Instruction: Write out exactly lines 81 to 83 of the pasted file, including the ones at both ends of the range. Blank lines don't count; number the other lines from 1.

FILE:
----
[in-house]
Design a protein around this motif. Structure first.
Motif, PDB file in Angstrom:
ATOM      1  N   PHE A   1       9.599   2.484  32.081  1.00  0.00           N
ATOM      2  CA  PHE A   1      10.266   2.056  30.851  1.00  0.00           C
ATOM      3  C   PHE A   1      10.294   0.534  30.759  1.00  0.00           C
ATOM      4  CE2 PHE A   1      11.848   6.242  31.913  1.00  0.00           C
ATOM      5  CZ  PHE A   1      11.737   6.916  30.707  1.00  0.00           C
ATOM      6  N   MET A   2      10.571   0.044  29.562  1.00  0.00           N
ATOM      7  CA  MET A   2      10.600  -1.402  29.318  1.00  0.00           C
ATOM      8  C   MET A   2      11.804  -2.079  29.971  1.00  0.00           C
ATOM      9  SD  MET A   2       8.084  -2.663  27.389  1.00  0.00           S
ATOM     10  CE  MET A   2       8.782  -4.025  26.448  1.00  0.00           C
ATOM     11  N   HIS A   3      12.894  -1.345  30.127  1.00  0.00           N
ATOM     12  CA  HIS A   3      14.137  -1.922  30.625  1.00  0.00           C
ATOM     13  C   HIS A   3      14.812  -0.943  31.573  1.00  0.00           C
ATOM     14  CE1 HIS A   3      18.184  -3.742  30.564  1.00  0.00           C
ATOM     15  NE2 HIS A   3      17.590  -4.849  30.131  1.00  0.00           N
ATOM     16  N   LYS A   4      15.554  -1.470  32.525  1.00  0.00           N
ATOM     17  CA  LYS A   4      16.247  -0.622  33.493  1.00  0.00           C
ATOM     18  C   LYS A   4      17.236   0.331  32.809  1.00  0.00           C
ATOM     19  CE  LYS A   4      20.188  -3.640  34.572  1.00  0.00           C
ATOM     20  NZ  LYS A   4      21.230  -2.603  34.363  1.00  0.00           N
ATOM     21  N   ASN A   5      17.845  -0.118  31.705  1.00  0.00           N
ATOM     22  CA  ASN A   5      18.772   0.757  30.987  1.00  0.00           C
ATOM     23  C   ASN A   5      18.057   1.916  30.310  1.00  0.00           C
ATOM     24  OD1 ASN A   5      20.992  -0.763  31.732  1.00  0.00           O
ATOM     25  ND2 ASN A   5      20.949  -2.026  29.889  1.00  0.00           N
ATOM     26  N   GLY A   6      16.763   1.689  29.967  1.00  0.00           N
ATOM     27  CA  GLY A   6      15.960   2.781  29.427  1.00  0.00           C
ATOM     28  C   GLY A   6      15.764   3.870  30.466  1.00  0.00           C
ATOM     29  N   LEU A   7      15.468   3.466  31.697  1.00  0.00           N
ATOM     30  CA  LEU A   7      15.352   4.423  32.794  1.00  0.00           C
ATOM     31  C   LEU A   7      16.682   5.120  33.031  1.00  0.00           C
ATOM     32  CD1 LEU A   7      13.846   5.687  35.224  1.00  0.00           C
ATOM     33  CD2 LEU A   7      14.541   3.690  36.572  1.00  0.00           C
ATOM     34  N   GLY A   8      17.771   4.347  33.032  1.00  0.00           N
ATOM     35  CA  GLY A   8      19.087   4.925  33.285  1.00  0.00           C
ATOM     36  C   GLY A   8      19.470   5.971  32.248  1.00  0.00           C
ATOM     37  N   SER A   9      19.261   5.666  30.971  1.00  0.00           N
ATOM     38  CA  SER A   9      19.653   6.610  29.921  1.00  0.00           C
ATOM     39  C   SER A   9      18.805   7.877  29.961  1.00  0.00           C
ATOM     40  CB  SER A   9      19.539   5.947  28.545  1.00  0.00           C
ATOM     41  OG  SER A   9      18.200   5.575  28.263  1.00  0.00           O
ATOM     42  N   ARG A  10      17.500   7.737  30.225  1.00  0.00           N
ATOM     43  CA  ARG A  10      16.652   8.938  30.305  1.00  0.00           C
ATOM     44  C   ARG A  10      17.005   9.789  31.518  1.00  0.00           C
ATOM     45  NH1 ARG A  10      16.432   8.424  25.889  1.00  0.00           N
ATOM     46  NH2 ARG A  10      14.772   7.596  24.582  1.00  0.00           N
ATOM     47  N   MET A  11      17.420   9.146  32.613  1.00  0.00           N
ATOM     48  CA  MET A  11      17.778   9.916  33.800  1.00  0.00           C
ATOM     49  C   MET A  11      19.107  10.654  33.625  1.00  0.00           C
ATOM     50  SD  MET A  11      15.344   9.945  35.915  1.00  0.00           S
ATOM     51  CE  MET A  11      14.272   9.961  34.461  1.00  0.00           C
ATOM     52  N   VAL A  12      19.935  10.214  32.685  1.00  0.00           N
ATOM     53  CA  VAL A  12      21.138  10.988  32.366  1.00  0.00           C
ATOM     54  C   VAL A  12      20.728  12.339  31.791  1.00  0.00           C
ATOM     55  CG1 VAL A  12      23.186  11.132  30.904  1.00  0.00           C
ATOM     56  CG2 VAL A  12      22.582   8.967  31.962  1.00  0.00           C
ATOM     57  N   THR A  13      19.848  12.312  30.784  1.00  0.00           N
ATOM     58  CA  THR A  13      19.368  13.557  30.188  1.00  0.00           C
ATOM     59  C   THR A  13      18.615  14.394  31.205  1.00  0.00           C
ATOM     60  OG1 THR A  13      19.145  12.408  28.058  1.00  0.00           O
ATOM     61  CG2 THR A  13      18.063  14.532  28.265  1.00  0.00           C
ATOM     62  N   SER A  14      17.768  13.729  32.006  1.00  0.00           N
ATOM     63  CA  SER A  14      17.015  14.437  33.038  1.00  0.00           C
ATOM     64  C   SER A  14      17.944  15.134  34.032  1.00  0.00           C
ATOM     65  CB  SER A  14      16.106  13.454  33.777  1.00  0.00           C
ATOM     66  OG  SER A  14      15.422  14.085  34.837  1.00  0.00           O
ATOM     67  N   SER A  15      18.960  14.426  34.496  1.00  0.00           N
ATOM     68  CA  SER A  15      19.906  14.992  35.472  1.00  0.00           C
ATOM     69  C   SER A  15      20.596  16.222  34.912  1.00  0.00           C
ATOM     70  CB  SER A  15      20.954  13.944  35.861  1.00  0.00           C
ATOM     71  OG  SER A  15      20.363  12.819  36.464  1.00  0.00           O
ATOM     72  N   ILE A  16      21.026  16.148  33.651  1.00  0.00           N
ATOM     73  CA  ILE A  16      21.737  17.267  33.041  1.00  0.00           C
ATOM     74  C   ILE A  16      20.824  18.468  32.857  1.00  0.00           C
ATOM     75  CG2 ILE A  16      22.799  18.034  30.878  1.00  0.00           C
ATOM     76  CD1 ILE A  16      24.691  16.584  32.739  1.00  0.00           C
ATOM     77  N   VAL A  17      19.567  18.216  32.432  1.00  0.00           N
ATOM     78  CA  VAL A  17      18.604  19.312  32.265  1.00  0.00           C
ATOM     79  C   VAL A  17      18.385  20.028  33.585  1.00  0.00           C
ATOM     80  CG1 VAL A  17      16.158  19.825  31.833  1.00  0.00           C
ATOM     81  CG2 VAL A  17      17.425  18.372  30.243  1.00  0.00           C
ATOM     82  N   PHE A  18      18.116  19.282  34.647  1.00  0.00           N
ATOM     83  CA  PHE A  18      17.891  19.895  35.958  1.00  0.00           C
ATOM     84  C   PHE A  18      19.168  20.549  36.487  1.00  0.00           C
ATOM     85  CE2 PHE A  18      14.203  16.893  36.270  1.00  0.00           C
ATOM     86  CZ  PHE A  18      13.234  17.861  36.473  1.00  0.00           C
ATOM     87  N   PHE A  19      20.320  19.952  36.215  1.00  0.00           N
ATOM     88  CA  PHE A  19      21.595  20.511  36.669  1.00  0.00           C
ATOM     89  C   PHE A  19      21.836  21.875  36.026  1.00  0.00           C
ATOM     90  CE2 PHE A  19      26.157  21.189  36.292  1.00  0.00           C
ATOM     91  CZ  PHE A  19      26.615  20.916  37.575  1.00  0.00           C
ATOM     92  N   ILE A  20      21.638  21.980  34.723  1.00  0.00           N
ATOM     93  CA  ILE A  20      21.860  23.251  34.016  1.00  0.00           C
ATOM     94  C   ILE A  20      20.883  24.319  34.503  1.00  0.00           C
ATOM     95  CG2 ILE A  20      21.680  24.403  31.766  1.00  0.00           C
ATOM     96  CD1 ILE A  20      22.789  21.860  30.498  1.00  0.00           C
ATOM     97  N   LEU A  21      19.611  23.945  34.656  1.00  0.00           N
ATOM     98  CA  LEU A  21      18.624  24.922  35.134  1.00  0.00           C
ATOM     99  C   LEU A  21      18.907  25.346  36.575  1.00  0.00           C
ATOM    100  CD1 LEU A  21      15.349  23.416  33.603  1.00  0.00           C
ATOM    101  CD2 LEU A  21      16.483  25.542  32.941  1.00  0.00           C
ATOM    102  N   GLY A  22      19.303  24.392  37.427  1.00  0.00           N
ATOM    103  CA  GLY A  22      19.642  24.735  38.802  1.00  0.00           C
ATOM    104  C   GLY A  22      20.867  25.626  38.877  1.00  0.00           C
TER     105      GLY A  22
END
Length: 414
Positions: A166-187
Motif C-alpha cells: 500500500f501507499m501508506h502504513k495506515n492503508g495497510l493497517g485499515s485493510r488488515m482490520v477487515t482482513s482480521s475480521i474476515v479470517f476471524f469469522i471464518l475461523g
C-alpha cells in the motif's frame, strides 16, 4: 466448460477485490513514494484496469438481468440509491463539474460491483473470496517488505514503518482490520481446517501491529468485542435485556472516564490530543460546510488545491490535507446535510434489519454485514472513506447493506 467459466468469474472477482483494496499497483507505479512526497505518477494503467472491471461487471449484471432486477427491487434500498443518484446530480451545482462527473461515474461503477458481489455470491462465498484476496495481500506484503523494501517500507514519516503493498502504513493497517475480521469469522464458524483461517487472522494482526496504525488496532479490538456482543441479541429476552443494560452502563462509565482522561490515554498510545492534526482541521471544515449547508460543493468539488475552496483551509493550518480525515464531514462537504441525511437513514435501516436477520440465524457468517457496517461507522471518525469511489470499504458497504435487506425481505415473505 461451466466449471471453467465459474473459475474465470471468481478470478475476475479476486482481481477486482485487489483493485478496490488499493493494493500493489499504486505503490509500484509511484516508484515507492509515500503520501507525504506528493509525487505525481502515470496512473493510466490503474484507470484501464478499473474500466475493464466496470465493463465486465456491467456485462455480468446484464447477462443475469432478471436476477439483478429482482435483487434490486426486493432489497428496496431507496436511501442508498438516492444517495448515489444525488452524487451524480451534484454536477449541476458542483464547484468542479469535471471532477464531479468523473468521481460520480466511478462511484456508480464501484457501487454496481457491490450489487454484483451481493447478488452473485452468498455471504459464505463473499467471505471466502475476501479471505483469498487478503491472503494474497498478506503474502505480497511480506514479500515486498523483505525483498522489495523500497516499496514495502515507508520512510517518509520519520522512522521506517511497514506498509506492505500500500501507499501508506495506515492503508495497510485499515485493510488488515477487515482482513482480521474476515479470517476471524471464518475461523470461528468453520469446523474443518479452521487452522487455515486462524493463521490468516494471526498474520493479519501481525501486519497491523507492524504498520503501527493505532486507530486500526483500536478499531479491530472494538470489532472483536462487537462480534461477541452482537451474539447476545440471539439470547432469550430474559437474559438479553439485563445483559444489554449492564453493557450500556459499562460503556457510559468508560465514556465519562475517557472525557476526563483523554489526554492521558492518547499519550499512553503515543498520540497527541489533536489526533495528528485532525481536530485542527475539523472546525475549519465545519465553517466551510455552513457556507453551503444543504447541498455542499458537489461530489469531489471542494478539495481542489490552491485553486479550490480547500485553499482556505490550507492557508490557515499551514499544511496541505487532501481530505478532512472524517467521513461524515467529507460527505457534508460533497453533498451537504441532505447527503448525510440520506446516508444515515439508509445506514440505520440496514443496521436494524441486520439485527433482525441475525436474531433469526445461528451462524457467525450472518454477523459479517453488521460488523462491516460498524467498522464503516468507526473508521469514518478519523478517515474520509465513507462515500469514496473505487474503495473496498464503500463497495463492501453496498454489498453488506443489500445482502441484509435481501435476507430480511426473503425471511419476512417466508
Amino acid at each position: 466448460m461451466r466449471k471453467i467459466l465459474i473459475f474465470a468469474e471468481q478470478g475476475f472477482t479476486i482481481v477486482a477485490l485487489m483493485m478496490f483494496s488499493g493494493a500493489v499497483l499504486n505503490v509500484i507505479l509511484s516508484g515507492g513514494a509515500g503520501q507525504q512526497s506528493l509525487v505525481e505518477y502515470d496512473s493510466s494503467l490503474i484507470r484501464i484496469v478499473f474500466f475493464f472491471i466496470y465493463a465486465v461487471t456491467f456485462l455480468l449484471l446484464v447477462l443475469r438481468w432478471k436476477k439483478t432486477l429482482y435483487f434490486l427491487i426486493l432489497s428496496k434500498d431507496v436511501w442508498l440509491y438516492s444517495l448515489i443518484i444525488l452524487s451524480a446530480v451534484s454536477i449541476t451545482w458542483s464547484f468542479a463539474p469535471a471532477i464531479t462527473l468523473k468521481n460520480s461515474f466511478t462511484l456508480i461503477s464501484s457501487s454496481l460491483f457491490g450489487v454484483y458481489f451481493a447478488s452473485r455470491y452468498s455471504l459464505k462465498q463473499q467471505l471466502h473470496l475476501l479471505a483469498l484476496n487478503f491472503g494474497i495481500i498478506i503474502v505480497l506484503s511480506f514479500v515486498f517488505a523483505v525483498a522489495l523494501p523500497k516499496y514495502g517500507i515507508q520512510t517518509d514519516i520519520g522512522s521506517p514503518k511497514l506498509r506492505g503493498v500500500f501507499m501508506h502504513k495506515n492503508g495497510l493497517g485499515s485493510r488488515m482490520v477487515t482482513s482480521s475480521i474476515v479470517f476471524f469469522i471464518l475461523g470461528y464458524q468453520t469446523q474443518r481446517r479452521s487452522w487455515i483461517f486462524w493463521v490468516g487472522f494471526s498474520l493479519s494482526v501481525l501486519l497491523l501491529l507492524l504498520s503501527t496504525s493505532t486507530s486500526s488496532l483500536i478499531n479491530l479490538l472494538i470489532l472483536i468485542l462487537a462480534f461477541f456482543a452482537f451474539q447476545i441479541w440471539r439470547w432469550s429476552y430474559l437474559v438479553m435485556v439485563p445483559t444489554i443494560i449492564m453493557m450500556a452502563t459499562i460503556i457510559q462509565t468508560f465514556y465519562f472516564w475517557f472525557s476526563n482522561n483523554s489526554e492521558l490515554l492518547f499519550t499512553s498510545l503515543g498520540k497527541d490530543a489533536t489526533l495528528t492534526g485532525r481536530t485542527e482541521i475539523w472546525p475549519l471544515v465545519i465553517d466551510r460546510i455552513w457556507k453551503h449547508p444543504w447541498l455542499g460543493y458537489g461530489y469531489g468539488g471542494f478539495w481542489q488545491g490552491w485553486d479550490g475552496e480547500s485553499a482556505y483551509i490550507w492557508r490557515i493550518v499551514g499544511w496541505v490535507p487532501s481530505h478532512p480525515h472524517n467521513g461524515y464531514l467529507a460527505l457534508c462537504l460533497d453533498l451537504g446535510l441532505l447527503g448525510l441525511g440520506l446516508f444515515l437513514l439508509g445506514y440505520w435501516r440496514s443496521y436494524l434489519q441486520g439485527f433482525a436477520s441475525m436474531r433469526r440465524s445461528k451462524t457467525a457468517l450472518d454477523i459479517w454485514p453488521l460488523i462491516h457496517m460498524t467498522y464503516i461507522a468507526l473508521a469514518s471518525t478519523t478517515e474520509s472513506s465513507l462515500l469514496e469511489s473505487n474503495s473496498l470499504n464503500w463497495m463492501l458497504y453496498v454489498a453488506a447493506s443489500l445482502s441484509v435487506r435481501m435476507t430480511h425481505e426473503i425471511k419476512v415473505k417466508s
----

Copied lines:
ATOM     78  CA  VAL A  17      18.604  19.312  32.265  1.00  0.00           C
ATOM     79  C   VAL A  17      18.385  20.028  33.585  1.00  0.00           C
ATOM     80  CG1 VAL A  17      16.158  19.825  31.833  1.00  0.00           C